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Reflecting on the precarious economic and security atmosphere plaguing the Central African Economic Monetary Community by Chofor Che, 30 December 2016

30 Dec

The Monetary Policy Committee (MPC) of the Bank of the Central African States (BEAC) met during its fourth ordinary session in Yaoundé, December 20 2016. Top of the agenda of this meeting was a vivid analysis of the macroeconomic situation of the Central African Economic Monetary Community (CEMAC). This meeting held a few days before the Extraordinary Summit of four Heads of States on the Central African Sub region, slatted for December 23 2016.

The outcome of the MPC meeting revealed that the growth rate of CEMAC states which was projected at 1.7 per cent a few months earlier dropped to 1 per cent. According to experts and analysts, two main reasons are to blame for the precarious economic atmosphere in the CEMAC zone. The first reason is the negative impact of the drop in oil prices in the world market. In 2015, the growth rate in the sub region stood at 2.8 per cent. Inflation was at 3 per cent as initially projected. In 2016, the key rate in the CEMAC zone remained unchanged at 2.45 per cent, while budgetary deficit hovered around 4.2 per cent of the sub region’s Gross Domestic Product (GDP). Current external deficit has slightly dropped from 11.4 per cent of the GDP as external monetary coverage dropped from 71.1 per cent last year to 50 per cent.

There is no gainsaying that the economic atmosphere in the Central Africa Sub region is unstable and calls for member states to make important fiscal and economic policy readjustments. Coupled with the economic and fiscal challenges, member states such as Cameroon and Chad are faced with terrorists attacks from the terrorists group Boko Haram. The Central African Republic is still faced with serious security concerns.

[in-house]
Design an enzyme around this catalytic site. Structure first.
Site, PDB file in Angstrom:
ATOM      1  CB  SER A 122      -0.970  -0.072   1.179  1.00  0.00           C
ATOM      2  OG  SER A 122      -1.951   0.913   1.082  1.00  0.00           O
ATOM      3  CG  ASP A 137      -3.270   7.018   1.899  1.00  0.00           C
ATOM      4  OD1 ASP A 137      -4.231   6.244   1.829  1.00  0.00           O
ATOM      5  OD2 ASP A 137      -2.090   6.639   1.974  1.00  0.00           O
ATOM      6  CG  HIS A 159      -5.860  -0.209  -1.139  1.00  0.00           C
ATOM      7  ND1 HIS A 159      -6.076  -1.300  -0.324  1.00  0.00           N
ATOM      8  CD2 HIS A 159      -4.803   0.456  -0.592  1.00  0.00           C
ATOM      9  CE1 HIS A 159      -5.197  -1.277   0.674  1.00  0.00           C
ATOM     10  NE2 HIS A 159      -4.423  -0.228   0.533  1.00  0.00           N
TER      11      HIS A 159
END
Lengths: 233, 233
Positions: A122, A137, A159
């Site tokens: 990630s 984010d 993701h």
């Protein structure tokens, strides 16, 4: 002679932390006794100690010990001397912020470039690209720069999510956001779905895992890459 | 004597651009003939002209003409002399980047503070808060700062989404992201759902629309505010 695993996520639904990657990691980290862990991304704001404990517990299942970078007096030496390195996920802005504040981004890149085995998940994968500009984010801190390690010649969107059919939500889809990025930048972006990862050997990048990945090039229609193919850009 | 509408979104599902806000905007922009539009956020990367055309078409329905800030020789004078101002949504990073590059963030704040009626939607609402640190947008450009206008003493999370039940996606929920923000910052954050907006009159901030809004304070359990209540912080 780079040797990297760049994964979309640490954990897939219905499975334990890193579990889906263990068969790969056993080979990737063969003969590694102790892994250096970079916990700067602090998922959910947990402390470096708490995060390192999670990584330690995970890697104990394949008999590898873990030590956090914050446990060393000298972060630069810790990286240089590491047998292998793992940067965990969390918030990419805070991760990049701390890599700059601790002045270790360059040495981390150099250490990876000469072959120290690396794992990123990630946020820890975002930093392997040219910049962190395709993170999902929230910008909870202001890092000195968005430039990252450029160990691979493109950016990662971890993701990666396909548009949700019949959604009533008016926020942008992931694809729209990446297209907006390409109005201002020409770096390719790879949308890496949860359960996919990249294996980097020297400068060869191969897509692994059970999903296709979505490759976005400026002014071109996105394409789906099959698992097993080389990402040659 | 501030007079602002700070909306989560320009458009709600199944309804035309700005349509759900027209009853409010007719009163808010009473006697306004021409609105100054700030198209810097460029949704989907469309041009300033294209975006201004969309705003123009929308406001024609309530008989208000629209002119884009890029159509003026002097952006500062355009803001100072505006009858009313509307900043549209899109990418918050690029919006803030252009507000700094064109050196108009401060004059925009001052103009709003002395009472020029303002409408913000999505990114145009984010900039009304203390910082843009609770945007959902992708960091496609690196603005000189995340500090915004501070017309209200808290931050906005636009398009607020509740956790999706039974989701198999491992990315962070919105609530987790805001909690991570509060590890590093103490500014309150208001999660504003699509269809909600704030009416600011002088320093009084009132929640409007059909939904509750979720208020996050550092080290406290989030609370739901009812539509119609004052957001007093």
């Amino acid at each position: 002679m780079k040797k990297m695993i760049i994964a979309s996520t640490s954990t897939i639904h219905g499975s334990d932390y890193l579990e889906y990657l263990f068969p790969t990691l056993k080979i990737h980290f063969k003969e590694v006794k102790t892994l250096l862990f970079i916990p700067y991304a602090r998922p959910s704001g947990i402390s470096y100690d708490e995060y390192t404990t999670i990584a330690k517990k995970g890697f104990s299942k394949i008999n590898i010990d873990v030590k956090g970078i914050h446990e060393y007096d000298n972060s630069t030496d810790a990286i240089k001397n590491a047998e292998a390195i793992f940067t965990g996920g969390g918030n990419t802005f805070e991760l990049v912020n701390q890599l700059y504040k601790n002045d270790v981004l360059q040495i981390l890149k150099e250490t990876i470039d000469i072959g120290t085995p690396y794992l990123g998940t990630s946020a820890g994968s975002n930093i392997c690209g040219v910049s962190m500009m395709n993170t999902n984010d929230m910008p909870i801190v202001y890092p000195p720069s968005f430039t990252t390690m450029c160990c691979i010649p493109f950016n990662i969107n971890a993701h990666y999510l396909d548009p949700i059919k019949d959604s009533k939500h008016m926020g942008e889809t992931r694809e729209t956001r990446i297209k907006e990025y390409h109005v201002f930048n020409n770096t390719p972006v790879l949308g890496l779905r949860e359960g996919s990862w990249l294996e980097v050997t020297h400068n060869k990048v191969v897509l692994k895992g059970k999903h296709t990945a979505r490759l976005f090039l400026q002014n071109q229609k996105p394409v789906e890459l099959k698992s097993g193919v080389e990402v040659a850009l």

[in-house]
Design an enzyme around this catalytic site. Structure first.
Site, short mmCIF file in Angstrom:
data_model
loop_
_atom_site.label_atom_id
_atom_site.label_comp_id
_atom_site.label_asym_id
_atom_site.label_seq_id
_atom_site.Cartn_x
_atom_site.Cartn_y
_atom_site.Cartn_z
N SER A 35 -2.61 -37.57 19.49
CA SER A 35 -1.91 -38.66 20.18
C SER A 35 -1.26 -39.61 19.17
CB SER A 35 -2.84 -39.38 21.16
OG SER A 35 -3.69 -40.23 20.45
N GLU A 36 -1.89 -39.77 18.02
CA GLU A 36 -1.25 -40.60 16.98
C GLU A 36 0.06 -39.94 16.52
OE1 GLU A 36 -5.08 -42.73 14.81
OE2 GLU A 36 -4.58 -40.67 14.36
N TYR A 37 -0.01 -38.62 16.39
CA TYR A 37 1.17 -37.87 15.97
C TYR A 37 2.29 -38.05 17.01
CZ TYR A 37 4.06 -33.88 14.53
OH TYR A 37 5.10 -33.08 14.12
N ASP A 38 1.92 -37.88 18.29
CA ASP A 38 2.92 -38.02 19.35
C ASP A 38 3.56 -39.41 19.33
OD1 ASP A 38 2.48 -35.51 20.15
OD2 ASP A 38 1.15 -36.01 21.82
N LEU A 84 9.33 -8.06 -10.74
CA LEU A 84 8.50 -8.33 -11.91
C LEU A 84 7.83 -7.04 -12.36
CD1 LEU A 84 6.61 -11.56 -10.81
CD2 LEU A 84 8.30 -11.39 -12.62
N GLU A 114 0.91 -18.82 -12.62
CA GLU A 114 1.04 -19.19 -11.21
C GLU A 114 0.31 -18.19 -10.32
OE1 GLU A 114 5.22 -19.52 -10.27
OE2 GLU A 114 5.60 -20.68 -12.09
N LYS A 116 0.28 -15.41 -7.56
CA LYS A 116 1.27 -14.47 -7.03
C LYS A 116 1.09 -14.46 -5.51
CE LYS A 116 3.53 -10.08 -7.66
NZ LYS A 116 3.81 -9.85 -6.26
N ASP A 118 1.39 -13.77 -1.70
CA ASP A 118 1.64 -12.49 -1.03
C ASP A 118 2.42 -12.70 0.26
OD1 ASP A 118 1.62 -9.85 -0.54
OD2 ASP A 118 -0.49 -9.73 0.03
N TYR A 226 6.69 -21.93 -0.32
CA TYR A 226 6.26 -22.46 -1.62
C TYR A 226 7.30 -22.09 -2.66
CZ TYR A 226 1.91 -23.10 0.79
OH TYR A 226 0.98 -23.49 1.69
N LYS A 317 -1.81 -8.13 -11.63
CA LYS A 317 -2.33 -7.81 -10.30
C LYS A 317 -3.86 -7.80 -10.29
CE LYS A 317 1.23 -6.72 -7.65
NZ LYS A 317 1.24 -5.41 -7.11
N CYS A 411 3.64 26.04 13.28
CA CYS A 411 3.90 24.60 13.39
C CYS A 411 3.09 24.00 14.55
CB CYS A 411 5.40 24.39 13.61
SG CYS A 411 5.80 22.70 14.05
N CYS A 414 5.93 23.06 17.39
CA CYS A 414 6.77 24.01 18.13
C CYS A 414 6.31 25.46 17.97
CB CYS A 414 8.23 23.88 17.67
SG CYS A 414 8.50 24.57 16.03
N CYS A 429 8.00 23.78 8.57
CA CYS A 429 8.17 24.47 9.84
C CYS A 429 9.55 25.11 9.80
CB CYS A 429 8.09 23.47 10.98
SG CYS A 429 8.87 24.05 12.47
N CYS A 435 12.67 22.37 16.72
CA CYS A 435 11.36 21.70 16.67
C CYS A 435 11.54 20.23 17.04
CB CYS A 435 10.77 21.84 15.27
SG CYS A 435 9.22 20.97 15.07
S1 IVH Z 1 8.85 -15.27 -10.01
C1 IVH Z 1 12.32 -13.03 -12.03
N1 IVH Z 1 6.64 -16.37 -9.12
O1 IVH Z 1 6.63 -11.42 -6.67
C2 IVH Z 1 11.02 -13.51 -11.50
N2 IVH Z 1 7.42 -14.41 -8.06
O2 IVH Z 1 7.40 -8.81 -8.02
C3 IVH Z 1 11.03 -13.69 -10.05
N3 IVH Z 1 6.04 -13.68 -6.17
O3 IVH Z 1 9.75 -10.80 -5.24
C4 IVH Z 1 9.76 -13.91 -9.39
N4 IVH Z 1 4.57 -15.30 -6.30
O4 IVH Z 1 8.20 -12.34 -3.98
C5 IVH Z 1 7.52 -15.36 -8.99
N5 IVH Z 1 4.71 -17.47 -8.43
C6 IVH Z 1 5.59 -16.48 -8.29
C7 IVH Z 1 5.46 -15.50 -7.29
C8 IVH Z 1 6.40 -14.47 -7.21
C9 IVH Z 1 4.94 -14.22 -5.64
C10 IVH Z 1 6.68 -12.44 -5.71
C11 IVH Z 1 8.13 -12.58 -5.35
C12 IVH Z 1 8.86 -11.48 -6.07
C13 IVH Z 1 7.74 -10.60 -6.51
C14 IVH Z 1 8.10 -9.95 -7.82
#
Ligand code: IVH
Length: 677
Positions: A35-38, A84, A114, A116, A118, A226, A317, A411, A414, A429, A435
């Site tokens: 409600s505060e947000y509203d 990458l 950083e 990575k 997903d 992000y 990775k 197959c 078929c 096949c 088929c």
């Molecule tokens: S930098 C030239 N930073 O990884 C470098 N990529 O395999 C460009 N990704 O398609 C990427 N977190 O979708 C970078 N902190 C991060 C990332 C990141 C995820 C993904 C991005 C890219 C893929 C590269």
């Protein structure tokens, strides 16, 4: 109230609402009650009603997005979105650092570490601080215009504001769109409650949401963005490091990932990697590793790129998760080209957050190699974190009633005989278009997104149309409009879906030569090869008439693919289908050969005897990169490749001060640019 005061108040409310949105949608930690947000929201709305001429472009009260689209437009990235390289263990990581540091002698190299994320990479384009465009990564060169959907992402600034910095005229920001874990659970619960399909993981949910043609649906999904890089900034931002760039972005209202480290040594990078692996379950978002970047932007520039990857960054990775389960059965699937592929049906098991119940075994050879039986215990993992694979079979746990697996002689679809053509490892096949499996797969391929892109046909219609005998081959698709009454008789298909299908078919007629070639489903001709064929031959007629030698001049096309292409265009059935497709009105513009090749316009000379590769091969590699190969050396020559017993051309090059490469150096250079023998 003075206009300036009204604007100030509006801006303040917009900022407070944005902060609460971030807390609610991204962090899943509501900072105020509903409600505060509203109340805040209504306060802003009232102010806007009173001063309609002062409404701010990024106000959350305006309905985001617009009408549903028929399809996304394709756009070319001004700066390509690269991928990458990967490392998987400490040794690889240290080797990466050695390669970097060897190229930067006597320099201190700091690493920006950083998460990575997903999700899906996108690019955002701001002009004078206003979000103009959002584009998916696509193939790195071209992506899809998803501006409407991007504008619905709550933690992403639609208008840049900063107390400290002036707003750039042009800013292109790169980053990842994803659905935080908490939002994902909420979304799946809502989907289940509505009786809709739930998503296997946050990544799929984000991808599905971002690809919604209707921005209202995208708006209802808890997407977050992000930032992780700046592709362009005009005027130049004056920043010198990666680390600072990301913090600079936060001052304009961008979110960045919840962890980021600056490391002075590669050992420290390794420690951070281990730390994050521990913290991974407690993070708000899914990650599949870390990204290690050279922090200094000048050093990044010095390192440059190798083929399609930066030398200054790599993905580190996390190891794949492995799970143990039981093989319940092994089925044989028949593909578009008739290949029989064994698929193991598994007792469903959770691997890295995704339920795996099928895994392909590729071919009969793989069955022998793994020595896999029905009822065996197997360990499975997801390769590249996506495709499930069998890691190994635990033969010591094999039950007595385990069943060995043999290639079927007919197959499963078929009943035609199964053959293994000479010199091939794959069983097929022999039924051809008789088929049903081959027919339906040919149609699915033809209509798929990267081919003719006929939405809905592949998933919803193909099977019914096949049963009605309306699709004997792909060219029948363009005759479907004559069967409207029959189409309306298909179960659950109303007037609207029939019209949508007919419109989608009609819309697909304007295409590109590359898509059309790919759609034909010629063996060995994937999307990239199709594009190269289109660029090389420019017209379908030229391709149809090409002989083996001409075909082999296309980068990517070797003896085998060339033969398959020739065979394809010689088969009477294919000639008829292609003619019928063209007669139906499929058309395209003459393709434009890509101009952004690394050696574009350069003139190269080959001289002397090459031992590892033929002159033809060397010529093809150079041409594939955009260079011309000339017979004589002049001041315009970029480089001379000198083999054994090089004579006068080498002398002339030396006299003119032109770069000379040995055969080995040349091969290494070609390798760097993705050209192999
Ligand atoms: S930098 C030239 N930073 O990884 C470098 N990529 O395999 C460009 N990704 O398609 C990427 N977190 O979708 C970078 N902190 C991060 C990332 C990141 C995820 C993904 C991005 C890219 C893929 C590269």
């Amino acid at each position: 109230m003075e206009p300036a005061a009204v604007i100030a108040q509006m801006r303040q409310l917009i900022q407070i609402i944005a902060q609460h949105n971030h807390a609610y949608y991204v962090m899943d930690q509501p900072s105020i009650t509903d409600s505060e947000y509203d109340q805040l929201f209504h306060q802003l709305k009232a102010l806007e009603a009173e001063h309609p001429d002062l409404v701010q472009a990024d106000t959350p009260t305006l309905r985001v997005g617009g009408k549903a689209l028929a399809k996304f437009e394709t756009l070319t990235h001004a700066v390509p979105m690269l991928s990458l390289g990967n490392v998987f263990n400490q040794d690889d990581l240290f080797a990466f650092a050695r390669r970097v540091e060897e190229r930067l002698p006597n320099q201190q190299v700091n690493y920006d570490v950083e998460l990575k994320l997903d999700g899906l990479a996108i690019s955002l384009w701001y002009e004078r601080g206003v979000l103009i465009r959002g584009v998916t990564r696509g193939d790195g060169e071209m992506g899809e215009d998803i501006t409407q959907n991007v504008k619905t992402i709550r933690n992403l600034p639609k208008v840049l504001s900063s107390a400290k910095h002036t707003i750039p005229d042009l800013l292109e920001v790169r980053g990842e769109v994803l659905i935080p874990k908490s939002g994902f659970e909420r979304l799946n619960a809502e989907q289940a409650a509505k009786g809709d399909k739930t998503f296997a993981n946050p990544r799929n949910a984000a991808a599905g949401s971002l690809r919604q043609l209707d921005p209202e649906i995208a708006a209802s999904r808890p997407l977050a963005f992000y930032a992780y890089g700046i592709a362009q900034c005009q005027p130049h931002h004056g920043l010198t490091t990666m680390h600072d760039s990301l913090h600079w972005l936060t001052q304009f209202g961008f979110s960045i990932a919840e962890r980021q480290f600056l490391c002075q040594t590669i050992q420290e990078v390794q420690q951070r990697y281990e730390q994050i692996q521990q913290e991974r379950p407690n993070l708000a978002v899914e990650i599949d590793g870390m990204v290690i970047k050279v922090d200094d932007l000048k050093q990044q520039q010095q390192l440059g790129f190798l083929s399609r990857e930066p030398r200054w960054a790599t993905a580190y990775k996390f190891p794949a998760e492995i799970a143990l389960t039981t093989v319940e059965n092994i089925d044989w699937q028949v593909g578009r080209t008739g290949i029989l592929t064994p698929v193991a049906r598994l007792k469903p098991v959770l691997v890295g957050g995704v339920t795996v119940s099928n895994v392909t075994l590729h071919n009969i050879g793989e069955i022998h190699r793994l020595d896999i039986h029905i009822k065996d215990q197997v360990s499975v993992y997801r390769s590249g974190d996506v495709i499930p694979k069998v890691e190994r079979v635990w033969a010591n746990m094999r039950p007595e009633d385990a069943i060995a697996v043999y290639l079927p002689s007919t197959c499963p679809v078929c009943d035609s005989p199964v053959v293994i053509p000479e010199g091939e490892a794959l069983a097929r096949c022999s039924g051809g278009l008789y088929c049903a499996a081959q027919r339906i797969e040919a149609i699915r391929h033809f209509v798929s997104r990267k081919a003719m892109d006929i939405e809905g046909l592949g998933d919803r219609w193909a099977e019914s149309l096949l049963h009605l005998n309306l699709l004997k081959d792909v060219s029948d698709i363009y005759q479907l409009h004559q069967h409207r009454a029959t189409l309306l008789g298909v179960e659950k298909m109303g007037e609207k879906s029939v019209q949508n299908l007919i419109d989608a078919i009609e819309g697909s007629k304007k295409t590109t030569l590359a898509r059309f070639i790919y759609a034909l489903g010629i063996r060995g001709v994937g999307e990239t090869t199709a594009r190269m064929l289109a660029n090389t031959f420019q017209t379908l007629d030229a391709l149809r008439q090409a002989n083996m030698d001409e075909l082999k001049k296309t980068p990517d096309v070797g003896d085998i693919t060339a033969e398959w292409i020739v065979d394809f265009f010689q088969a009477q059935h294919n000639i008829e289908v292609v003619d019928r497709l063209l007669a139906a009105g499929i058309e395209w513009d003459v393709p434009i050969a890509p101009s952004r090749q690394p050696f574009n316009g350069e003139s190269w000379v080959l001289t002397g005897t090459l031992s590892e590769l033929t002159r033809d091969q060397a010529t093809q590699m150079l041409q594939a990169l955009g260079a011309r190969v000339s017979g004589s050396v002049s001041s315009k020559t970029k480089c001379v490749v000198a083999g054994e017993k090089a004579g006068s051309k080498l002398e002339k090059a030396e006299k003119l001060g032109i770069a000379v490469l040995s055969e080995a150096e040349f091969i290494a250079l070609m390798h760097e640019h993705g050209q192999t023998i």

A major mistake that member states of the Central African Sub region especially countries like Cameroon and Equatorial Guinea made as far back as 2014 was to depend a lot on oil and neglect other sectors like the agriculture and the tourism industries. According to analysts, though the oil sector is a very lucrative one, it remains a very unpredictable sector. Despite recent stabilisation, oil prices were expected to remain well below pre shock levels in the medium term as production was feared to start falling in the long run.

CEMAC countries have been therefore forced to rethink through their developmental priorities with respect to the new economic context overshadowed by falling oil prices. Countries like Gabon, Equatorial Guinea and Cameroon have decided to scale back their spending plans by reducing public investment and limiting current expenditure. All of the countries in the sub region have also sought advances from the regional central bank. The consequences of these and other debt related developments is that regional public debt is instead on the rise.

Reducing public investment and limiting current expenditure is definitely not the way to go for CEMAC member states. Depending equally on loans from the regional central bank will only make CEMAC member states highly indebted. One of the ways CEMAC member states may overcome such a financial quagmire is by boosting the private sector and focusing more on other sources of revenue. The agricultural sector in most CEMAC countries remains grossly unexploited. There is need for CEMAC member states to improve and mechanise their agricultural sector.